Kitty in her caretaker’s backyard.

Kitty then turned up with her back leg dragging behind her. She was clearly injured and needed medical help, so I dropped off some traps for her caretaker to use. I also wanted to meet her in person.

She first ended up trapping another cat that required TNR, so she took him to PAWS’ low-cost clinic. Sprocket

He’s named Sprocket, short for “Spray Cat,” because he used to spray her yard everywhere. TNR stops that behavior because cats lose their territory drive after being spayed/neutered.

As you can see from the photo, one of Sprocket’s eyes is tiny and malformed. The vet said it was fine and not bothering him. Of course the caretaker will re-trap Sprocket for further vet care if needed.

Another week passed before Kitty Farrell showed up again, this time with her back leg tucked up behind her. The caretaker made a drop trap, and thankfully managed to trap her yesterday, where she immediately took her to the vet.

The vet amputated her back leg, and she will have to be in recovery for a week until the stitches come out. What happens after that remains to be seen. The caretaker is willing to permanently adopt Kitty into her home. Please keep your fingers crossed that Kitty will make a full recovery!

Leave a Reply

Your email address will not be published. Required fields are marked *

Update on the Injured Englewood Cat: Maxfield is on the Mend!

Maxfield discovered the upper “bedroom” level of his feral recovery lounge a day after I set him up in the crate.


He is recovering from a deep neck wound treated since last week. He’s supposed to be kept confined at least 7-10 days to make sure infection doesn’t set in. So far he’s doing great in the lounge, but still acting very feral. So, I can’t get a better photo of him than this. He’s a really beautiful long-haired grey and white cat. IMG_5067

All cats in the recovery lounge end up sleeping on the upper level, thank goodness. The litter box is on the lower level, and the attached trap has all of the food and water he needs.


Maxfield is still acting absolutely feral towards both me and Jim. He tries to bolt, strikes out aggressively, and growls and hisses at us the entire time. It’s pretty awesome. I absolutely adore feral cats like that as they are letting us know with certainty that they want to be free outdoors. They are why I started TNR in the first place – to stop the feline overpopulation crisis, and to let feral cats live their lives outside with dignity, caring for them when they want it, on their terms. I’m out of town for work this weekend and Jim is caring for Maxfield, making sure his crate is kept clean with fresh puppy pads and newspapers, the litter box is cleaned out, the dry cat food and water dishes are refreshed, and he gets all of the wet cat food with Lysine that he needs.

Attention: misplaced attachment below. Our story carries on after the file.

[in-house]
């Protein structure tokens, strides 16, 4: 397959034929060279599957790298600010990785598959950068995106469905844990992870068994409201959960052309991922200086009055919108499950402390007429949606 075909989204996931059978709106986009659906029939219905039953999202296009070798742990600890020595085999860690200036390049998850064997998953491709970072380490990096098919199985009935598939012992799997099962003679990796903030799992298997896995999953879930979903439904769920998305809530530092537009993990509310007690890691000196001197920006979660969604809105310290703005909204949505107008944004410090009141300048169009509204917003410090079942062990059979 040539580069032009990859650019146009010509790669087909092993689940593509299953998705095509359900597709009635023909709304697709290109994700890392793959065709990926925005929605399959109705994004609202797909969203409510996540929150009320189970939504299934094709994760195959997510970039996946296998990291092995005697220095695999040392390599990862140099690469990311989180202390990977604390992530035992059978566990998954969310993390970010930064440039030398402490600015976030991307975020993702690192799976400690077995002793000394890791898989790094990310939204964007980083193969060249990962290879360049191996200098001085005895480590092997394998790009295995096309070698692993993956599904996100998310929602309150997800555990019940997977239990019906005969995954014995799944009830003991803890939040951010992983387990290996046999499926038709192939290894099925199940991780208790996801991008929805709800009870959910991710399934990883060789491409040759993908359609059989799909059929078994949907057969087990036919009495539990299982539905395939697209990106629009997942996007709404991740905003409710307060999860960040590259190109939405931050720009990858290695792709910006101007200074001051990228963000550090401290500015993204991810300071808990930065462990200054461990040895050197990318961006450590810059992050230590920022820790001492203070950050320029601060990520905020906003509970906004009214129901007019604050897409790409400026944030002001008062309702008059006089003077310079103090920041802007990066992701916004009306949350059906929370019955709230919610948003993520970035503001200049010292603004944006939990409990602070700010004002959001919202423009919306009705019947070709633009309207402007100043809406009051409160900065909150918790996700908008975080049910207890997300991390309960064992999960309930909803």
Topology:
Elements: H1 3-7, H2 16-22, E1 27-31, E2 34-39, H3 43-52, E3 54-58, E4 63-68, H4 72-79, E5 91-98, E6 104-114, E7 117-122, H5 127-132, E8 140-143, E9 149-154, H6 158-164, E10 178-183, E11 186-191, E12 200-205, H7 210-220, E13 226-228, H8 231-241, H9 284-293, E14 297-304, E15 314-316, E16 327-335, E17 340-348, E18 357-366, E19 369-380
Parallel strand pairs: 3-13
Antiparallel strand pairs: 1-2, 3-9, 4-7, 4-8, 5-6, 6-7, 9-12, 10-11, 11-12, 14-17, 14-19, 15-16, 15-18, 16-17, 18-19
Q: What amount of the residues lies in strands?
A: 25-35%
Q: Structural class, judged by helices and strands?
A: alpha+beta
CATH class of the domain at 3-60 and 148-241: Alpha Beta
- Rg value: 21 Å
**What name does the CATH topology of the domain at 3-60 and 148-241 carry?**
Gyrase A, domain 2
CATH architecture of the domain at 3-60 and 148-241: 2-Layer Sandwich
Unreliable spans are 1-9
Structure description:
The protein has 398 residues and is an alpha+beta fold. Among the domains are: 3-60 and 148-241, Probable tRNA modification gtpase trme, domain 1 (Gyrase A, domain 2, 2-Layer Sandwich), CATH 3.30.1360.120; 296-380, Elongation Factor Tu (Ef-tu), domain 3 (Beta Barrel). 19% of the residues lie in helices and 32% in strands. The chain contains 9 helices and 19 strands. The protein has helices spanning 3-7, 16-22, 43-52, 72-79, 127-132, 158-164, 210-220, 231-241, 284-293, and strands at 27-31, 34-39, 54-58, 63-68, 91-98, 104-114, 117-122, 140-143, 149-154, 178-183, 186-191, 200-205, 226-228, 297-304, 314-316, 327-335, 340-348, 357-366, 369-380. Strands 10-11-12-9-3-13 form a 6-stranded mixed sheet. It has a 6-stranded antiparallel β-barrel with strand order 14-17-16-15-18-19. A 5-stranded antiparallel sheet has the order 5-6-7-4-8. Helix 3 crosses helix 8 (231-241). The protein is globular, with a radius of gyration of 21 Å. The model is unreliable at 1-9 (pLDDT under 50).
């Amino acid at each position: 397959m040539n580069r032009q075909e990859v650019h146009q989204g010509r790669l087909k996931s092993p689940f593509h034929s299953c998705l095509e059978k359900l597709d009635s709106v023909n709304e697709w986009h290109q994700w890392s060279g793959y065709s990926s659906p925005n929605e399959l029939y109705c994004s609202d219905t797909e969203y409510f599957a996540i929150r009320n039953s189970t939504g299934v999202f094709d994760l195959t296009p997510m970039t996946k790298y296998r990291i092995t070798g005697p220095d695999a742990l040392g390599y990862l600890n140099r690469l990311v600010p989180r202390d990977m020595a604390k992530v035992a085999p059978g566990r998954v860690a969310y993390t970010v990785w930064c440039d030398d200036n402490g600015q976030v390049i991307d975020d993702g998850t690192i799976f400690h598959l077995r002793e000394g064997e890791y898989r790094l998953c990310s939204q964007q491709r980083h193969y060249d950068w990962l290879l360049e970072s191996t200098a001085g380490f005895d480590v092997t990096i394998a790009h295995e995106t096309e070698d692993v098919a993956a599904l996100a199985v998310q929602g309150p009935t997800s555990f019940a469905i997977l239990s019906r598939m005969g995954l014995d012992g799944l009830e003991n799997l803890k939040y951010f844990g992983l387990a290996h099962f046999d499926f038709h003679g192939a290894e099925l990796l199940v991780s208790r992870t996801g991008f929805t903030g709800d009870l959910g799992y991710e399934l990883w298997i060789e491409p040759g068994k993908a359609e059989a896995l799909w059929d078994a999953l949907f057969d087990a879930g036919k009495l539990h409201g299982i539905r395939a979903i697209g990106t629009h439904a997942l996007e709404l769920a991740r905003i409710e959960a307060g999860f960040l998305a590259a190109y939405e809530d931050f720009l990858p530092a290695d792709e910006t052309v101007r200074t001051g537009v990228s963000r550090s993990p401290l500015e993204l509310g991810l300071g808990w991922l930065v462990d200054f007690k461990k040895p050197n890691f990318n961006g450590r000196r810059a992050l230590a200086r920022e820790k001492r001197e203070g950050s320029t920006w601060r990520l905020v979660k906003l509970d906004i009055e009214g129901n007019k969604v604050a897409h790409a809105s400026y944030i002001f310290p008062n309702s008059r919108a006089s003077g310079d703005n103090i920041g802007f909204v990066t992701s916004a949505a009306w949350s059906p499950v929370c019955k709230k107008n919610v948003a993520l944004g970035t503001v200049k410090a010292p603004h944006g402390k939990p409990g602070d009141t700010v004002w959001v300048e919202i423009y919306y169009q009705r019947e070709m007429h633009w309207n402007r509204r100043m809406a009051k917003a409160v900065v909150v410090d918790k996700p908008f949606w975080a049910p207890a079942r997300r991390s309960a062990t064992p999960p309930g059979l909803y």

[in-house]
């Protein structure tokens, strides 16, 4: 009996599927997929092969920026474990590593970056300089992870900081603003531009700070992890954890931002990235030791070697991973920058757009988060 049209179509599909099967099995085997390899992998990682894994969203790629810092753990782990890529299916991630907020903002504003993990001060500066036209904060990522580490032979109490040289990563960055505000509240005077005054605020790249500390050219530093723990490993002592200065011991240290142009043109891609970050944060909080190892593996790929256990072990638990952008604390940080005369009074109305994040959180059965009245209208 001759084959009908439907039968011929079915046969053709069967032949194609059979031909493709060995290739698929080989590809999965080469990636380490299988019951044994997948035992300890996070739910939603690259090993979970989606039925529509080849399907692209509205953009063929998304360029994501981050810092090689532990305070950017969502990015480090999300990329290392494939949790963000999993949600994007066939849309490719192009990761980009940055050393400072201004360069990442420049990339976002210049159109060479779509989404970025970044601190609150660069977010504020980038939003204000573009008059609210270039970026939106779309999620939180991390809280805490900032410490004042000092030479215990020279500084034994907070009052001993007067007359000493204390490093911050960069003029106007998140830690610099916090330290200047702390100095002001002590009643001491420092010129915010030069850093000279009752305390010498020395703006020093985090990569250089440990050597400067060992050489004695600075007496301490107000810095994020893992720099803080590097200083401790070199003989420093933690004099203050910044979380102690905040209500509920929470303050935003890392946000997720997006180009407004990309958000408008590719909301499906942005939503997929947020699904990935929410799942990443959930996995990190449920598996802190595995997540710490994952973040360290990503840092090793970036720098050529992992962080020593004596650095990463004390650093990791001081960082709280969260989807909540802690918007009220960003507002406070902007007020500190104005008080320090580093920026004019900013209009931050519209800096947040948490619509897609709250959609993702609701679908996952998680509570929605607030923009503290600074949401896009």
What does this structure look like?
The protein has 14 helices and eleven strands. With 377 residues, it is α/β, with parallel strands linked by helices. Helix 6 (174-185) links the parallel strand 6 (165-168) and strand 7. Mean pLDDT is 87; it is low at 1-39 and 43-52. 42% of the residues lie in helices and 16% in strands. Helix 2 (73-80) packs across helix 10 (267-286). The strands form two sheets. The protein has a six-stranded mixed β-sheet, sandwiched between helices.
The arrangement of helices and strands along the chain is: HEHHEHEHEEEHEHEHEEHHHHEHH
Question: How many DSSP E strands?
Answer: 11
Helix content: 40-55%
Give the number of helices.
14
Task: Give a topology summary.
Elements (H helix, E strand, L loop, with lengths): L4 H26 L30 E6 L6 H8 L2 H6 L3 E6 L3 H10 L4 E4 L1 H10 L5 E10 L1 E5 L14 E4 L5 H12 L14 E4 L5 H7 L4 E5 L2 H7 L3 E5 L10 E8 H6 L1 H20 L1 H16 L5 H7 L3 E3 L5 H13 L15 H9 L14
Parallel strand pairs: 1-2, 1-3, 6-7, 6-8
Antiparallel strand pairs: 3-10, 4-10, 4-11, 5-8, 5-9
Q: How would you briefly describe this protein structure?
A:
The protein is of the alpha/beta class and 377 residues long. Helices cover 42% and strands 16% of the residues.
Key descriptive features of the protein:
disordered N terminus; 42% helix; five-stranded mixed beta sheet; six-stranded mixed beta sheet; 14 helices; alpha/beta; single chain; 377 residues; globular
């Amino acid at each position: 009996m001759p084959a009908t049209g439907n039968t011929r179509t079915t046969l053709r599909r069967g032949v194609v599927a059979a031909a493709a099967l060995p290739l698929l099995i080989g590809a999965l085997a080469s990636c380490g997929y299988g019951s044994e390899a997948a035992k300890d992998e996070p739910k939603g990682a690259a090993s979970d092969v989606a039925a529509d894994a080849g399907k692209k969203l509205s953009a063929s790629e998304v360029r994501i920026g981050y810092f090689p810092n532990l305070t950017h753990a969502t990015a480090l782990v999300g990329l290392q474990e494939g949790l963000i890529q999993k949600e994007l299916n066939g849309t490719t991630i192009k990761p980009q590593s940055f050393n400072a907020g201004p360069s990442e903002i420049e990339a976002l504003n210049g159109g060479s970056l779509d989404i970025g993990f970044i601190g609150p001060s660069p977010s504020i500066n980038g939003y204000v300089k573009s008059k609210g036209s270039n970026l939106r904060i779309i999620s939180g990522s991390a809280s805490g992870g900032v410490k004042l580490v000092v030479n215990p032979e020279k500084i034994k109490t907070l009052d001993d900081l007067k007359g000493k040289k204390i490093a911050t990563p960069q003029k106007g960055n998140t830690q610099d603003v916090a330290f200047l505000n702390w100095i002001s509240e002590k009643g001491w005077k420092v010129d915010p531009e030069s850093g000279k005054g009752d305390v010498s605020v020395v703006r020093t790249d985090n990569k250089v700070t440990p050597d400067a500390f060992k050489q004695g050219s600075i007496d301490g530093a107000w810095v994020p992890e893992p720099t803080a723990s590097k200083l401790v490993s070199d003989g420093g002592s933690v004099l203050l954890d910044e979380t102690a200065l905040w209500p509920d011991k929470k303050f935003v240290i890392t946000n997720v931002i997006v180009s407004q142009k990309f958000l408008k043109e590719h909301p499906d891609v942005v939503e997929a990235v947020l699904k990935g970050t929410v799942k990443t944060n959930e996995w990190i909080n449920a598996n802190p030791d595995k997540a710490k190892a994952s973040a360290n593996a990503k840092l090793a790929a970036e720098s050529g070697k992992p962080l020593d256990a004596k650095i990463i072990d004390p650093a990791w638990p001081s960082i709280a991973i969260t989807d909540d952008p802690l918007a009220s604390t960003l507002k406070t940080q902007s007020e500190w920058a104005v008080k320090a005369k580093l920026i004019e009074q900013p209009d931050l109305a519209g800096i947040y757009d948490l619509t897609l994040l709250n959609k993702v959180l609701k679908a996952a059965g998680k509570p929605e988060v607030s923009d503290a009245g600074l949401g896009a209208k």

Maxfield has some diarrhea which seems induced by stress only so far, and a very good appetite. Hopefully he will be ready to be returned back to his colony site in West Englewood this week.



Leave a Reply

Your email address will not be published. Required fields are marked *

How to Convert a Feeder into a Cat Colony Caregiver

Joann found the Land Colony last summer in Avondale while we were TNR’ing all over the place there during the height of kitten season.


Margie and her husband, Pepe, were feeding the cats in their yard, and there were just too many. Joann saw several two-month old kittens.

Margie was on board with TNR, but Pepe was not at the time. We moved on to do TNR and foster kittens from several other colonies in Avondale.


We don’t know what happened to those kittens in the photos, but Margie called us a month later because she found yet another sick kitten in her yard. Simon had a URI and was infested with parasites. He was starving and underweight. Obviously he was also super cute and friendly. His rescue was a group effort from all of our friends from start to finish. We fully vetted him at Joann’s vet, our friend Elissa at Rockstar Pets fostered him, and he was eventually admitted into PAWS Chicago’s adoption program.


And then, on another twist of amazing fate, my TNR friend, Trudy O., saw Simon’s story and shared it with her neighbor. Her neighbor adopted Simon along with another kitten together there!

So obviously there were a lot of cats that Maria, Pepe and others were feeding, but we weren’t allowed to TNR yet. We were still in contact with them while we had Simon to let them know everything that was happening, but Pepe still did not want us to trap the cats. Fast forward to last week, six months later, when Kim V. and Nellie J. heard about this colony again because neighbors complained to animal control.


This time, Pepe was more on board with TNR although he still is worried. Kim and Nellie talked to him, Maria, their daughter, and tons of neighbors around the area who all feed the cats. Everyone loves the cats, feeds them, and wants them around to control the rats. No one wants the cats killed. But it’s the same old story – there are just too many of them. Maria and Pepe found kittens dead in their yard this winter, frozen from the low temperatures. They were realizing that they had to do something. Kim and Nellie were now allowed to freely TNR.